Reviews Died Less Life


Less Life

Does Died’s debut LP Less Life see the band growing up, or is it just them getting old? It’s an odd question to ask of a group who are in the midst of pushing out what should be their first (and best impression) to the world, but hardcore bands tend to operate on different rules. For instance, a band's early 7”s and EPs tend to see the band at their creative heights, with their sound solidifying and calcifying by the time they get around to writing a full LP album. What I’m saying is that hardcore bands have a freshmen slump problem. Most peek in highschool and burn out before the first semester grades are in. You’re probably saying to yourself now, “ok, fine, so what about Died? What does this all mean for the band I came here to read about?” It’s funny you should ask. Do you remember kids in school who skipped grades? Well imagine one of those kids jumping from their senior year of highschool into a master's degree program at a mid-tier state university. That’s the transition from 2017’s EP Anonymized Internal Criminals to the Less Life LP in a nutshell.

Less Life is not as raucous as its predecessors and lives up to its name in that respect. While Anonymized Internal Criminals was a twisted, Arthur Rizk produced, rip ‘n tear affair, Less Life trades in its leather studded jacket and purling, cochlea-searing, hiss for a sensible cardigan and serviceable, mid-tempo grooves. The Steve Fisk produced album brings the more esoteric aspects of their sound into line to teach them the virtues of alt. rock and grunge revival, with an afterschool session on ‘90s emo. Opener “Boxwood” tosses off some causal, lightly venomous grooves that rain down around fluttery chorus harmonies in the same way that hard-pop used to elevate Mudhoney at their most concise. Funk rock grooves unlock hidden layers on “The Trial,” while “Busy Man” stumbles through a syphilitic fever dream of distortion with only a sunny Primus-esque bass progression as a lifeline. The best track for my money though is the kite-wheel spin and dive-bomb grooves of “Oja de Macao” which hits like Unwound’s elevated racket-rock and Drives like goddamned Jehu as soon as the rubber hits the metaphorical road.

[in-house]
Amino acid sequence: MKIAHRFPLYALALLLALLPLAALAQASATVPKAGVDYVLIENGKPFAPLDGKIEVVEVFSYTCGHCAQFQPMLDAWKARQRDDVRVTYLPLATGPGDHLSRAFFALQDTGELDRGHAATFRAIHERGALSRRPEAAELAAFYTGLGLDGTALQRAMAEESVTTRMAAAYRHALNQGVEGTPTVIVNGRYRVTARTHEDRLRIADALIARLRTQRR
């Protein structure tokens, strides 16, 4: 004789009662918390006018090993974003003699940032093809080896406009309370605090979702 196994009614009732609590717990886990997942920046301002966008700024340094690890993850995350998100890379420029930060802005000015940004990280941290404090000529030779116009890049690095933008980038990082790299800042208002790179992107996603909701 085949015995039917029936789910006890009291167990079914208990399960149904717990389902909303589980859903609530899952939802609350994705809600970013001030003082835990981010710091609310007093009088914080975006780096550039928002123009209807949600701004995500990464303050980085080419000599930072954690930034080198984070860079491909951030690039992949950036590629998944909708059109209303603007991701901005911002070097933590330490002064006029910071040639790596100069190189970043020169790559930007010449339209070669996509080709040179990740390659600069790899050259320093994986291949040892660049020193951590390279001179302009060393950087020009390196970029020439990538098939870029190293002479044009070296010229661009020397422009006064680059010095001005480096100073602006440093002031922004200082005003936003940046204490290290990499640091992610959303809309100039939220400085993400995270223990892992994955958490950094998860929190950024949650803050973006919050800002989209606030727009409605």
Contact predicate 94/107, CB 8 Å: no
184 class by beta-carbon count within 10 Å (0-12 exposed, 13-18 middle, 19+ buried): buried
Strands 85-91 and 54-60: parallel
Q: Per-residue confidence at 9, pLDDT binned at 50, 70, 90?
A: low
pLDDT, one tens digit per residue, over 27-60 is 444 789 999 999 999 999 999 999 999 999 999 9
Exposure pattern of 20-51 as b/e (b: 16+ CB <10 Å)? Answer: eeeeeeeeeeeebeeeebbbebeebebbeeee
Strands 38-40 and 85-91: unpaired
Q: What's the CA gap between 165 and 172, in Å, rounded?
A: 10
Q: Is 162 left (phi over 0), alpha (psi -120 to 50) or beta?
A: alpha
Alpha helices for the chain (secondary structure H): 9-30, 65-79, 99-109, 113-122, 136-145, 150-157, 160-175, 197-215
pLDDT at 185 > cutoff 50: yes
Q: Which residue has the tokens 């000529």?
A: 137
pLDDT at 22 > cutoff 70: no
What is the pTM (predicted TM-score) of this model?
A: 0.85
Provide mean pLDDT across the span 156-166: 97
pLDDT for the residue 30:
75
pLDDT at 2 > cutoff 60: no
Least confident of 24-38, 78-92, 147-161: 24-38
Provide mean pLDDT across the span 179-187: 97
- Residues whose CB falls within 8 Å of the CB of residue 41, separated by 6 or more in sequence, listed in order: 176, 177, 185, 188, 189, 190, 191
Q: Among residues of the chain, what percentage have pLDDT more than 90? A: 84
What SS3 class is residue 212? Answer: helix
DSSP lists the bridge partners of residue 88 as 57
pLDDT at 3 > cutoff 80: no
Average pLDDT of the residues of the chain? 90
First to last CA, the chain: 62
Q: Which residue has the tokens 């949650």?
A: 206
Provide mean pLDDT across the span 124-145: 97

Died aren’t the first band to transition from hardcore to a post-hardcore hybrid that feels like the shy cousin of a previous generation’s radio rock, but I can’t think of many bands who made this transition more abruptly. I mean, This Routine is Hell did it, but they at least had the decency to change their name to Swain first. There is a lot going right on Less Life that also went right on their previous albums. They still embrace some weird noisy passages. Their songwriting is still competent and performances proficient. And yeah, they still reckon with the realities of depression and psychic-zombification through substance abuse, debilitating anxiety, and anesthetizing boredom. I’ll admit it, I have a little aesthetic whip-lash from this release, and, yeah, I feel like the sounds they are digging into here are a little played out in 2020. However, this is still a talented group of guys who clearly know what they’re doing and my final impression of Less Life is on-balance quite positive. I likely won’t be lining up to grab a copy of their next release, but I’ll definitely check them out the next time they roll through Chicago (whenever that might be).

6.5 / 10Mick R.
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Mick is always writing about something he's heard. Possibly even something you'd like. You can read his stuff over at I Thought I Heard a Sound Blog.

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6.5 / 10

6.5 / 10

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